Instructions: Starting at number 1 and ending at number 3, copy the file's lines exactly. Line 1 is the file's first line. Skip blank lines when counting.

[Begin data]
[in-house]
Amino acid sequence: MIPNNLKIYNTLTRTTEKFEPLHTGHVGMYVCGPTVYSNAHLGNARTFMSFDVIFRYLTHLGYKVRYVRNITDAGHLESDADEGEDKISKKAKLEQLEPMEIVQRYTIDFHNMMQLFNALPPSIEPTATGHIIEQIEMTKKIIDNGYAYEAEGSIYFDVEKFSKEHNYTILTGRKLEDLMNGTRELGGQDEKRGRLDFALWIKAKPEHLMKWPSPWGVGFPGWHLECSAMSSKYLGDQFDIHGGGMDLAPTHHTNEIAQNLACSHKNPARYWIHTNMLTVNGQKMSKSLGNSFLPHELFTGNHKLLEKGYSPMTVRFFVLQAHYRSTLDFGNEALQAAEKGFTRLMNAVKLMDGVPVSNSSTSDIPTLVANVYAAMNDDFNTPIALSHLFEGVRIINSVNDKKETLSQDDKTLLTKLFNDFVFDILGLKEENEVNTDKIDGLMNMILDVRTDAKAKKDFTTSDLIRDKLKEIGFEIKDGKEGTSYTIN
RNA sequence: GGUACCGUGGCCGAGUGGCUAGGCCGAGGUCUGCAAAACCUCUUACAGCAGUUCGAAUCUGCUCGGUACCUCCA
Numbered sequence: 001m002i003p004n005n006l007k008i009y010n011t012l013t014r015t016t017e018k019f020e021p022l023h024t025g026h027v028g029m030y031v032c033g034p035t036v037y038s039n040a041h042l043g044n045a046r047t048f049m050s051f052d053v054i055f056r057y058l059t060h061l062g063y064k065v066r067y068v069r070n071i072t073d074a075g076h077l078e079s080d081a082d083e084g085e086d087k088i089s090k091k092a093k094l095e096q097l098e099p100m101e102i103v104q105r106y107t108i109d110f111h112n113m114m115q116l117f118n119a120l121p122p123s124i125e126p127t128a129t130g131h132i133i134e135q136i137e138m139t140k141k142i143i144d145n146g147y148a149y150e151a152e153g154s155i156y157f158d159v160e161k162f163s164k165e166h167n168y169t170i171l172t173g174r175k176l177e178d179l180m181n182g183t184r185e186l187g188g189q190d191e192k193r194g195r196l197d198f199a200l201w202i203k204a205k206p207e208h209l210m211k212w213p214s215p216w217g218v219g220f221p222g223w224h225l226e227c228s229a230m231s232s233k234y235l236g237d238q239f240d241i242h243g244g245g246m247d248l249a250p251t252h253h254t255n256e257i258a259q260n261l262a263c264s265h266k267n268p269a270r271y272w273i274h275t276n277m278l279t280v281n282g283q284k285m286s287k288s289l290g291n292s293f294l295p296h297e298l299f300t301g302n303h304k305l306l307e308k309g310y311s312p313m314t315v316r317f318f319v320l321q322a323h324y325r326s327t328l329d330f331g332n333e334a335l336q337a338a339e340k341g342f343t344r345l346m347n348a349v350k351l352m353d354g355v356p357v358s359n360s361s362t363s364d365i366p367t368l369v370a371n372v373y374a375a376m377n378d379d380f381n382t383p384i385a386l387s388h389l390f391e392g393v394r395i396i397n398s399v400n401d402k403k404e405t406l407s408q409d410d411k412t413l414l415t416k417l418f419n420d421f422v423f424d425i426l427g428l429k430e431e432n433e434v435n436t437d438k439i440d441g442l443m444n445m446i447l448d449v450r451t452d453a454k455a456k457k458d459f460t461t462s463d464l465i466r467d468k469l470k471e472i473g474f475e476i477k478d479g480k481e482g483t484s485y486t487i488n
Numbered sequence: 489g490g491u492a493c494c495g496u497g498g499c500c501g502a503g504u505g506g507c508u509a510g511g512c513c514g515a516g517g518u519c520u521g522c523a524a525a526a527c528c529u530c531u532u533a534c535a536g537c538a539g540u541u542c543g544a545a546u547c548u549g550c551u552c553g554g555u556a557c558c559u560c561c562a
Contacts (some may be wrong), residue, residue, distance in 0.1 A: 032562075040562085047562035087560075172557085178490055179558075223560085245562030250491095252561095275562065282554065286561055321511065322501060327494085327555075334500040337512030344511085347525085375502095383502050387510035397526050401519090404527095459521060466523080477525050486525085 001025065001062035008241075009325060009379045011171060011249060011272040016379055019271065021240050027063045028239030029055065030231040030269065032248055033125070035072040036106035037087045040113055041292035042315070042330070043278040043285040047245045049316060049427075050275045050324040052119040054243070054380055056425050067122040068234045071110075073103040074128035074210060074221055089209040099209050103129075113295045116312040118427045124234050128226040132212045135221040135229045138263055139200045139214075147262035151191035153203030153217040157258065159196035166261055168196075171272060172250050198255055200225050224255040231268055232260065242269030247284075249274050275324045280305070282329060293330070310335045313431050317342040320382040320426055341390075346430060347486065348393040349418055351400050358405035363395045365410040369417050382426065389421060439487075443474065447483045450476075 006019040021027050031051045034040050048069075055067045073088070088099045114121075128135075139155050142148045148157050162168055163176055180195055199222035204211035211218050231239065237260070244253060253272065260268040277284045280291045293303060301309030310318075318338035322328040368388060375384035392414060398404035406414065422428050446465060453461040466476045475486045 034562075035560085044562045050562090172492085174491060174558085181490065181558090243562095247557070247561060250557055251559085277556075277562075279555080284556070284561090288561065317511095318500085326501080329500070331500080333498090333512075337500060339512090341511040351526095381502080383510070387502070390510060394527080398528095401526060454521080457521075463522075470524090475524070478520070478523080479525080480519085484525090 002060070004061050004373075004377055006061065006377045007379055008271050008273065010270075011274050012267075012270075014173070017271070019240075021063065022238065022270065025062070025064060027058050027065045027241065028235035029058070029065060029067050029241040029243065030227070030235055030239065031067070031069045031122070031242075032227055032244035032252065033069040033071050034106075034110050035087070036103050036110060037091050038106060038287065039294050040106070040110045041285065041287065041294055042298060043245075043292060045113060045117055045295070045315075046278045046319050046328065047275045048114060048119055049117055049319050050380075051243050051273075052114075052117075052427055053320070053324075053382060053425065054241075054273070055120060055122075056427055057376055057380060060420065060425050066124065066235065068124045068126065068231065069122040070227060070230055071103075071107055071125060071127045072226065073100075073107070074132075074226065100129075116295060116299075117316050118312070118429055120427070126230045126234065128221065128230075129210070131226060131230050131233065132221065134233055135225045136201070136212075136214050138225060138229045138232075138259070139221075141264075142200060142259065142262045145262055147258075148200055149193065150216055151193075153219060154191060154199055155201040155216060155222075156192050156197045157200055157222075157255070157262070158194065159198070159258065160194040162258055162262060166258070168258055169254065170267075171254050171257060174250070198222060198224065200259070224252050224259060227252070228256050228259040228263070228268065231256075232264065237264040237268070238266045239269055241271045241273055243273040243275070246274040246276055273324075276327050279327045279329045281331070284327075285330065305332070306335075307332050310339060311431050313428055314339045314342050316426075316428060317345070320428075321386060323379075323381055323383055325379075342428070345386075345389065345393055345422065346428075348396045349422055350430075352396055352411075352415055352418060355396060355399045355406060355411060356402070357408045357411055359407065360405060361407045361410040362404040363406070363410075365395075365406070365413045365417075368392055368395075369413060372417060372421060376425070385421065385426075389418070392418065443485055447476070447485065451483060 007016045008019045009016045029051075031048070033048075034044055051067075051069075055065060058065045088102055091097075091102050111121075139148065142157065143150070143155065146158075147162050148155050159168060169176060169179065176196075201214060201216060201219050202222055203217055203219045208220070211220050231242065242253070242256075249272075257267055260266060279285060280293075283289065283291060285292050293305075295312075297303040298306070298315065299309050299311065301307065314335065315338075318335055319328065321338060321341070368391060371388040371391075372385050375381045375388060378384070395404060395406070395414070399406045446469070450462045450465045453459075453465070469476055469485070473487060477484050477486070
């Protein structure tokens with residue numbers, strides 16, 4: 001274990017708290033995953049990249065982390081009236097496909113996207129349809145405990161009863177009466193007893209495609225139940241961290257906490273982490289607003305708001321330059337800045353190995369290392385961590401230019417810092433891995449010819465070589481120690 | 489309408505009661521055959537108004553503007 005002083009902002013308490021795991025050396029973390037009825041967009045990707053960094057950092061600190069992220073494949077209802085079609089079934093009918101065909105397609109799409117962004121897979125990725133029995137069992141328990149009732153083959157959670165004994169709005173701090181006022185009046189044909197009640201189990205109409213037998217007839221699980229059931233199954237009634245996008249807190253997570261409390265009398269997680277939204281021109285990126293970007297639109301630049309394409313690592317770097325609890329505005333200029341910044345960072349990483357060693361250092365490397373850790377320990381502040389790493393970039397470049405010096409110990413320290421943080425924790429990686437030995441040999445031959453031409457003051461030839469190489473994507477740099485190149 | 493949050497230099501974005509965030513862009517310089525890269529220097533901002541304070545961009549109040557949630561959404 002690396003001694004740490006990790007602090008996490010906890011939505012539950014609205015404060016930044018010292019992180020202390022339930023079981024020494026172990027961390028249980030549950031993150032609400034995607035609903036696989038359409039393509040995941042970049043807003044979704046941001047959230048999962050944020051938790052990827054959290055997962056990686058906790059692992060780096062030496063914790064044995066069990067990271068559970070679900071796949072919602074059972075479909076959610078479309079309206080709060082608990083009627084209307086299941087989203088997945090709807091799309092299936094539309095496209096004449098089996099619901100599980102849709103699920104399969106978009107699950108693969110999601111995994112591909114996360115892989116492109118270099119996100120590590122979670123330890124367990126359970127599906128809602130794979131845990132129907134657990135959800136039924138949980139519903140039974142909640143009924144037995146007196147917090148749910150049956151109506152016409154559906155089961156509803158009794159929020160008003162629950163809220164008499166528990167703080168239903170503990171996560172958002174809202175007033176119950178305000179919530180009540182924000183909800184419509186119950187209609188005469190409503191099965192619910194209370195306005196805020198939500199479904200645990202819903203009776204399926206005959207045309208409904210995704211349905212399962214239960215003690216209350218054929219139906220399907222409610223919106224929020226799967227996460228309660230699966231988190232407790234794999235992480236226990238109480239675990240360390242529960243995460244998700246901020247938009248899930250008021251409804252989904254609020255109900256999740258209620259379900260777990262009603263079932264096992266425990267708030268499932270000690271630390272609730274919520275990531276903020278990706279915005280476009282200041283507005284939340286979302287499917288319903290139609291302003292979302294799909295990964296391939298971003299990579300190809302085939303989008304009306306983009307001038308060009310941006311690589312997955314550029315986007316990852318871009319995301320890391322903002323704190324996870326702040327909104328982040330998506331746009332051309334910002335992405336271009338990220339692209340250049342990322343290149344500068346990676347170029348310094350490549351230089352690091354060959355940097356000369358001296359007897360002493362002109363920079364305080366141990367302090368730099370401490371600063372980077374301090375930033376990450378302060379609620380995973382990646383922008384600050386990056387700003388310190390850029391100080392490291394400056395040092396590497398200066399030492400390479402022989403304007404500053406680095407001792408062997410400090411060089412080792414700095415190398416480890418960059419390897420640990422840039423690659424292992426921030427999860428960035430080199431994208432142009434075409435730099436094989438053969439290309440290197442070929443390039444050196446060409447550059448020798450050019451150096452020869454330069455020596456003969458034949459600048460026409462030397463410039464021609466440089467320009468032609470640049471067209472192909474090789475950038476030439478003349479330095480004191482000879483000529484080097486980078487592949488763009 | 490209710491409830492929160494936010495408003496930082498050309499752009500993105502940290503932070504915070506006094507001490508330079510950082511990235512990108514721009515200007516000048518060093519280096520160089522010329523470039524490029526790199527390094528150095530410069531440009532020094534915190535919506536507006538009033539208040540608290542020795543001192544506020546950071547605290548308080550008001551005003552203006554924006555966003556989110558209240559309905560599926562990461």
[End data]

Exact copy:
[in-house]
Amino acid sequence: MIPNNLKIYNTLTRTTEKFEPLHTGHVGMYVCGPTVYSNAHLGNARTFMSFDVIFRYLTHLGYKVRYVRNITDAGHLESDADEGEDKISKKAKLEQLEPMEIVQRYTIDFHNMMQLFNALPPSIEPTATGHIIEQIEMTKKIIDNGYAYEAEGSIYFDVEKFSKEHNYTILTGRKLEDLMNGTRELGGQDEKRGRLDFALWIKAKPEHLMKWPSPWGVGFPGWHLECSAMSSKYLGDQFDIHGGGMDLAPTHHTNEIAQNLACSHKNPARYWIHTNMLTVNGQKMSKSLGNSFLPHELFTGNHKLLEKGYSPMTVRFFVLQAHYRSTLDFGNEALQAAEKGFTRLMNAVKLMDGVPVSNSSTSDIPTLVANVYAAMNDDFNTPIALSHLFEGVRIINSVNDKKETLSQDDKTLLTKLFNDFVFDILGLKEENEVNTDKIDGLMNMILDVRTDAKAKKDFTTSDLIRDKLKEIGFEIKDGKEGTSYTIN
RNA sequence: GGUACCGUGGCCGAGUGGCUAGGCCGAGGUCUGCAAAACCUCUUACAGCAGUUCGAAUCUGCUCGGUACCUCCA